For Gorbatyuk and his team of prosecutors taking on many of the highest-profile cases in the country, seeing a portion of the money returned to Ukraine wasn’t enough. They were bent on pursuing a case against Manafort and Craig and getting back every penny.
After four years of investigating the case, a final push to possibly indict the men came at a particularly critical moment for Ukraine. It was May 2019, and the presidential office was changing hands in Kyiv.
The incoming president, Volodymyr Zelensky, and his team were well aware of the importance of keeping the US–Ukraine relationship strong and wary of offending Trump, who described Ukraine to his envoy at the time as being full of “terrible people” who “tried to take me down.” Trump would also be the one to give final approval for $391.5 million in US military aid to Ukraine that the country needed to continue the fight against Russia-backed separatists in its war-torn eastern regions. That assistance package was the one at the center of the Trump impeachment saga that would be set off by a phone call between the US president and Ukraine’s Zelensky in July — a call in which Zelensky said he was about to appoint a new prosecutor general who would be “100% my person.”
Around that time in July, Gorbatyuk said the criminal charges for Manafort and Craig were nearly ready but one of prosecutors decided to hold off because he wanted to send one more request for assistance to the US Department of Justice (DOJ). A DOJ spokesperson declined to comment, saying the department does not publicly speak about communications with foreign governments on investigative matters, including confirming or denying the very existence of such communications.
That decision to hold off may have been the thing that ultimately kept Manafort and Craig from being charged in Ukraine.
In August, Zelensky appointed Ruslan Riaboshapka as Ukraine’s new prosecutor general. Riaboshapka was an anti-corruption expert who vowed to clean up a dirty justice system and deliver high-profile corruption convictions.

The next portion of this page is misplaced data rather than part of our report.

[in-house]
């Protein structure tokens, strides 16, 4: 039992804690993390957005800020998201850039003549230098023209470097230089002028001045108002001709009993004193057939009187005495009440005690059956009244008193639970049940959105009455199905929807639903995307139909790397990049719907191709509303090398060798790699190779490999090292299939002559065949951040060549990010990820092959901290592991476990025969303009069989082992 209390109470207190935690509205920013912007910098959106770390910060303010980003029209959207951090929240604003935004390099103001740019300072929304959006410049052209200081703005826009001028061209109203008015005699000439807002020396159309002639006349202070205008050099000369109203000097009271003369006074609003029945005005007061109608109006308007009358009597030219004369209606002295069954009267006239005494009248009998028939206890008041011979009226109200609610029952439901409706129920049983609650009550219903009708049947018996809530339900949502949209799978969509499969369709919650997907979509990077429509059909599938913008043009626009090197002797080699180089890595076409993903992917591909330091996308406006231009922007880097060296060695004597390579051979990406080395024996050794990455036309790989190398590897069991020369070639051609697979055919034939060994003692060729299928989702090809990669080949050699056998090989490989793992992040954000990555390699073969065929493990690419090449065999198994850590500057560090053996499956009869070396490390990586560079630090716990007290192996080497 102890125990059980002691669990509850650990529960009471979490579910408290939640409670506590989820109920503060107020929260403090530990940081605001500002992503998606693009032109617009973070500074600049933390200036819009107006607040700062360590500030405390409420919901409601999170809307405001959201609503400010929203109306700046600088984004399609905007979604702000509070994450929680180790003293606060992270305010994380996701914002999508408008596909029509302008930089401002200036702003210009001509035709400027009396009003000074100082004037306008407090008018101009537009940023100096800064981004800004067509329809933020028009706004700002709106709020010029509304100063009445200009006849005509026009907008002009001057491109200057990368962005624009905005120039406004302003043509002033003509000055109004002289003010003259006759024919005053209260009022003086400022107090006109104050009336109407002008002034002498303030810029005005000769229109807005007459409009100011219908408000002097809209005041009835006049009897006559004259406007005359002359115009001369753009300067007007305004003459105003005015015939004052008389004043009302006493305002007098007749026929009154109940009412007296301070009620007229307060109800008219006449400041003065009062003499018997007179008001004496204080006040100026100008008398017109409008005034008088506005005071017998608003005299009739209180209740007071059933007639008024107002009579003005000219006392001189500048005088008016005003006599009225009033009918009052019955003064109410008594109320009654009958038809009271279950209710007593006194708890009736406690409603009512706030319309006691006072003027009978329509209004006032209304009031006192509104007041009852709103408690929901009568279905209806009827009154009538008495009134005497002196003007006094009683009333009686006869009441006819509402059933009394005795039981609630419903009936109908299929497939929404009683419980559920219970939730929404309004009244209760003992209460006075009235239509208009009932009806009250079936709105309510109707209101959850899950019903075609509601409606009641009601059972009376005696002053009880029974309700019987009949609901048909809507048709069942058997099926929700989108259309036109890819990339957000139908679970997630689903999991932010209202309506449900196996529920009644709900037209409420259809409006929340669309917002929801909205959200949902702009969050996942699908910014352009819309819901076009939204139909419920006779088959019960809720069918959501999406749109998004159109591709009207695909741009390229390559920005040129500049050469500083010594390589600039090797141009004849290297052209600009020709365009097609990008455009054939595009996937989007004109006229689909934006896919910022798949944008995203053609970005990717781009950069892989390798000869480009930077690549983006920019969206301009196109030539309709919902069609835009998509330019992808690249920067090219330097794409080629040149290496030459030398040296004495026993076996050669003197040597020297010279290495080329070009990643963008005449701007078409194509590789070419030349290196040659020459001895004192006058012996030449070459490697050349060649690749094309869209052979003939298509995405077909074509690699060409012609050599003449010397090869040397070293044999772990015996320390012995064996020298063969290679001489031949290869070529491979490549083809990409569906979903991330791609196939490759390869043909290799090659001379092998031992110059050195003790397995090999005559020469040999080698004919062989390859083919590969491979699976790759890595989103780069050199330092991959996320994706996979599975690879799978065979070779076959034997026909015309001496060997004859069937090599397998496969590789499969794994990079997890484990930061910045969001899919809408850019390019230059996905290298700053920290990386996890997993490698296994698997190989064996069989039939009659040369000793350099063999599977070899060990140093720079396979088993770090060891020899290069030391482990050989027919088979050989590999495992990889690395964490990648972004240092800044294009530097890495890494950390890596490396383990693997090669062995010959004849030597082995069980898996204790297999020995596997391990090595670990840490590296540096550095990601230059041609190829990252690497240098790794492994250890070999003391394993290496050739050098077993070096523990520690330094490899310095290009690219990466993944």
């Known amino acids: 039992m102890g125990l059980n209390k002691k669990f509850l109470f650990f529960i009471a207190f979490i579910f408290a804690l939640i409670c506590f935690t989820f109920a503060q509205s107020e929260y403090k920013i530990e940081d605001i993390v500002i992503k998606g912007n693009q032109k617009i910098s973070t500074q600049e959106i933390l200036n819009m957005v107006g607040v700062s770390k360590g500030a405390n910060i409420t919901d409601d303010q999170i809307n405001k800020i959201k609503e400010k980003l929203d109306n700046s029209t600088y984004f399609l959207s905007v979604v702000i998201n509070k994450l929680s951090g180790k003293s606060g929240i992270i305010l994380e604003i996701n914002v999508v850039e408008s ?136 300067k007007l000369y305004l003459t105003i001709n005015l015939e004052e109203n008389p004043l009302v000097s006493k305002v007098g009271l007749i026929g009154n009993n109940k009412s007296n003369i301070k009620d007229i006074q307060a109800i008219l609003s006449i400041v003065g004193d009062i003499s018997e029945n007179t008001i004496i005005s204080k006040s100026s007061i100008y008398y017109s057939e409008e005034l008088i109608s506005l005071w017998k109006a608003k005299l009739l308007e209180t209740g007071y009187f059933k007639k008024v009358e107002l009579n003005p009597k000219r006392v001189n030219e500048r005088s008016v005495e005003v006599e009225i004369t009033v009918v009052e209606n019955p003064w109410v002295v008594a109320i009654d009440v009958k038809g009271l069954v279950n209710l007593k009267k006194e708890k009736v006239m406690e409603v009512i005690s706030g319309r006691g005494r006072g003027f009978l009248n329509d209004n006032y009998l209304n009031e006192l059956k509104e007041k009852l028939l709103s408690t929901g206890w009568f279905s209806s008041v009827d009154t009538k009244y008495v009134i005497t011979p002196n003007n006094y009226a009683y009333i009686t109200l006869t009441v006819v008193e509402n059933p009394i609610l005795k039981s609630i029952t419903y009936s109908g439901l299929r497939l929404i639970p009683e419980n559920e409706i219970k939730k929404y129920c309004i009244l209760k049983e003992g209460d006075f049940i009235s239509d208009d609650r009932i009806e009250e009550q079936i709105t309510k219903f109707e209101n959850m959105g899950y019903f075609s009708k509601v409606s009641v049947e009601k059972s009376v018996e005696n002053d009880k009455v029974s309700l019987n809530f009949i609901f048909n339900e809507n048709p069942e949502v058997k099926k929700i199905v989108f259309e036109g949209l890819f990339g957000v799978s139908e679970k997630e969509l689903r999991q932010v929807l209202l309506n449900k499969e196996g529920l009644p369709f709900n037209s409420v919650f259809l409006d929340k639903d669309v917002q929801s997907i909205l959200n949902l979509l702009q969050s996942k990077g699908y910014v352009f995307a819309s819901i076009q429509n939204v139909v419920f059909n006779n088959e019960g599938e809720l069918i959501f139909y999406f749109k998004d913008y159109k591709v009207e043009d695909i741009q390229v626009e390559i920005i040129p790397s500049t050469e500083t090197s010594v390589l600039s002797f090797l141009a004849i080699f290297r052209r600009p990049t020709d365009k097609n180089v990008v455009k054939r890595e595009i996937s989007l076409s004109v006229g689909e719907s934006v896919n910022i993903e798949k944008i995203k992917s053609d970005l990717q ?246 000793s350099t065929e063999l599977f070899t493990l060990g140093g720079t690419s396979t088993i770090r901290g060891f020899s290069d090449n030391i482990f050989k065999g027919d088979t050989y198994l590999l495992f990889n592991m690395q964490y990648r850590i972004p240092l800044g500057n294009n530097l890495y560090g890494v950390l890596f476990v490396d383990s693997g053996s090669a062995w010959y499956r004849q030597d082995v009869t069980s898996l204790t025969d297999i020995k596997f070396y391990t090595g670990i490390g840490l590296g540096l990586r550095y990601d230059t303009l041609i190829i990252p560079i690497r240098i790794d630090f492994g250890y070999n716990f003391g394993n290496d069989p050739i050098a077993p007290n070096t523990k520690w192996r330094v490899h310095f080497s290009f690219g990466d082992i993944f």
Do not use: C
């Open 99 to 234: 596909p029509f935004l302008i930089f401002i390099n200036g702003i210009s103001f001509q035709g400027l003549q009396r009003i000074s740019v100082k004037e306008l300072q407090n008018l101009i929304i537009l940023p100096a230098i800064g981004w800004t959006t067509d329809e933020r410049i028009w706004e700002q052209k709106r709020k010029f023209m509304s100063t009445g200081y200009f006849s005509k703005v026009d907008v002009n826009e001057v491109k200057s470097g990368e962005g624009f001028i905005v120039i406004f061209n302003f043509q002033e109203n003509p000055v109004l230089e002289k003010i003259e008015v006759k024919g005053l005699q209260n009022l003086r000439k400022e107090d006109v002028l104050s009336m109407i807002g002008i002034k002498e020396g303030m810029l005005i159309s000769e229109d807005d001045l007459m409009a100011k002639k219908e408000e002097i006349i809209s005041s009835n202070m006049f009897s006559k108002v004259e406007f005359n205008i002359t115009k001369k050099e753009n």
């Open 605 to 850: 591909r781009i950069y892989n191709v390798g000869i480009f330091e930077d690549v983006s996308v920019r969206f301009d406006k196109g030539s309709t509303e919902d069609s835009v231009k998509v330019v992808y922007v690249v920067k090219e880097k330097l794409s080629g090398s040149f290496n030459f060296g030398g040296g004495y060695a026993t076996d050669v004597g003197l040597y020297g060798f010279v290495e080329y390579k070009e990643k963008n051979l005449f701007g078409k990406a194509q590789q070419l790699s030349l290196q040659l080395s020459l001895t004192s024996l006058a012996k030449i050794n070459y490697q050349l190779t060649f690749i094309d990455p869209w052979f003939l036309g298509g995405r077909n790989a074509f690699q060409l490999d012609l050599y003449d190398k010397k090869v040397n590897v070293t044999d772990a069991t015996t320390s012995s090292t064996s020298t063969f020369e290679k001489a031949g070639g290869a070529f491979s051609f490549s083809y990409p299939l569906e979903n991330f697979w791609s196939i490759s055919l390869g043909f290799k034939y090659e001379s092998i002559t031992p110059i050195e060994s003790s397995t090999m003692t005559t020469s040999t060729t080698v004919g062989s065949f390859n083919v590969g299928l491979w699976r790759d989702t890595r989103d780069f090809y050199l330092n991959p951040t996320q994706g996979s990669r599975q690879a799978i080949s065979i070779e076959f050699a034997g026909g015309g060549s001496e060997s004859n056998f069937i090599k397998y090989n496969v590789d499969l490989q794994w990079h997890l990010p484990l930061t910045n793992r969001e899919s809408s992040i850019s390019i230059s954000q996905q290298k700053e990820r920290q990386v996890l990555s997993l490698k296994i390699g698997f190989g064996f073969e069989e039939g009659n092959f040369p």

“Riaboshapka came on. And in September, I reported to him about the prospects for all our cases, and in particular, in this case, I reported that we had actually prepared a draft notice of suspicion,” Gorbatyuk said, describing the Manafort and Craig indictment document.
But Gorbatyuk’s optimism was quickly dashed when Riaboshapka transferred to other departments the cases being pursued by his unit, which had been created to investigate high crimes committed during the 2014 Maidan revolution and corruption offenses committed by top officials during the Yanukovych presidency.
“He [Riaboshapka] destroyed our unit,” Gorbatyuk said. “I assume that it was done to intervene and destroy most of the investigations that we were conducting.” He said that included the case involving Manafort and Craig but he did not believe that that case was the sole reason behind the moves.
Riaboshapka told BuzzFeed News in an interview that he did not remember discussing an indictment being drafted for Manafort and Craig. And he said that Gorbatyuk’s unit was “not disbanded, it was reorganized and those people who wanted to work wrote a statement and were recertified [and] remain at work.”
Riaboshapka himself was fired from his post in March after falling out with Zelensky. Critics in Zelensky’s ruling party in Parliament said the prosecutor failed to make sufficient progress in prosecuting corrupt officials.
On Thursday, Manafort’s name was in the news in the US once again. The House intelligence committee released thousands of documents relating to the Russia investigation. In them, Hope Hicks, a Trump adviser, expressed concern that Manafort had been stealing from the Trump campaign.
“Was there ever any concern about Mr. Manafort stealing money from the Trump campaign," Democratic Rep. Eric Swalwell asked. “Yes,” Hicks replied, adding that she had discussed it with several people, including Trump himself.
As of the time of publication, no charges had been filed against Manafort and Craig in Ukraine, and it is not known whether the indictment will ever be filed. For now, the case is sitting amid a pile of dozens of other corruption cases on a desk somewhere inside the national anti-corruption bureau of Ukraine. Prosecutors there did not respond to requests for comment.